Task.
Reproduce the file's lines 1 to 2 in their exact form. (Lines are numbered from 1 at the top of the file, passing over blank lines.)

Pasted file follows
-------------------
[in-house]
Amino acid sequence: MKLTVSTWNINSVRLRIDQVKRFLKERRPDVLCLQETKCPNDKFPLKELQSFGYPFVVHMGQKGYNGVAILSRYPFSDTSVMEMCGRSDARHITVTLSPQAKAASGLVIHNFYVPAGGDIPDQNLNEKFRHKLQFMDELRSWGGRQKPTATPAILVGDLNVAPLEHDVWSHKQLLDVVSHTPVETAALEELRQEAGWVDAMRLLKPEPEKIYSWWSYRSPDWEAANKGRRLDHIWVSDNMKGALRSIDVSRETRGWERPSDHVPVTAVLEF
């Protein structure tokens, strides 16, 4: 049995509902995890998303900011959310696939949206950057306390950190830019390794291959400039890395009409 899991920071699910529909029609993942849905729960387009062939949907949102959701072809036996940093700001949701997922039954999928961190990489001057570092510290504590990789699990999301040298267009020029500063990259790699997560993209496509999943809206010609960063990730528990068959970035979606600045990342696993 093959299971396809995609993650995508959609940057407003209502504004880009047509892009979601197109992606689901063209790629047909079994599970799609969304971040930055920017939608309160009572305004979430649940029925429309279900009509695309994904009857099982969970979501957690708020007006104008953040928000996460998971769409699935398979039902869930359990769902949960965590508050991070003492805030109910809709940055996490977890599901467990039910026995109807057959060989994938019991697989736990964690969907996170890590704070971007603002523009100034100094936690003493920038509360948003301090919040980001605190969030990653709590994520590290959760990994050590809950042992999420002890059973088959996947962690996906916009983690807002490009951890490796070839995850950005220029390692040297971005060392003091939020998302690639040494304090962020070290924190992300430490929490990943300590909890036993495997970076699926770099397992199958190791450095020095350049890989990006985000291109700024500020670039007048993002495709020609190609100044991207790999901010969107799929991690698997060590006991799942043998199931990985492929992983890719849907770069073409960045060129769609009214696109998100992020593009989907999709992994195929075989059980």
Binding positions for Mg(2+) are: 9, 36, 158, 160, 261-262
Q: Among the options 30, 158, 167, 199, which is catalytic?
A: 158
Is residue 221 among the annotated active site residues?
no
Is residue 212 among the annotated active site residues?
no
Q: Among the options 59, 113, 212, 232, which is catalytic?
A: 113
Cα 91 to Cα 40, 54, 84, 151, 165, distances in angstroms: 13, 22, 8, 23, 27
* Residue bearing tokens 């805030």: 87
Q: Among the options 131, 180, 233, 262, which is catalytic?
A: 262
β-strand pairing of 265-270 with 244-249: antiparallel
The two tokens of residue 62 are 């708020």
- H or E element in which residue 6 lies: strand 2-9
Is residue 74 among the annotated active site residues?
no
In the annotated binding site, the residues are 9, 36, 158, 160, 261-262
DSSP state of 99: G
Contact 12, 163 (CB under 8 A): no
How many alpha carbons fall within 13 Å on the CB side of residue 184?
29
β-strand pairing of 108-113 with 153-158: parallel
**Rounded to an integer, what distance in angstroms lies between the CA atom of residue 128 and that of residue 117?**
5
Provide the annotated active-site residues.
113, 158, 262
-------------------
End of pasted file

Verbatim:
[in-house]
Amino acid sequence: MKLTVSTWNINSVRLRIDQVKRFLKERRPDVLCLQETKCPNDKFPLKELQSFGYPFVVHMGQKGYNGVAILSRYPFSDTSVMEMCGRSDARHITVTLSPQAKAASGLVIHNFYVPAGGDIPDQNLNEKFRHKLQFMDELRSWGGRQKPTATPAILVGDLNVAPLEHDVWSHKQLLDVVSHTPVETAALEELRQEAGWVDAMRLLKPEPEKIYSWWSYRSPDWEAANKGRRLDHIWVSDNMKGALRSIDVSRETRGWERPSDHVPVTAVLEF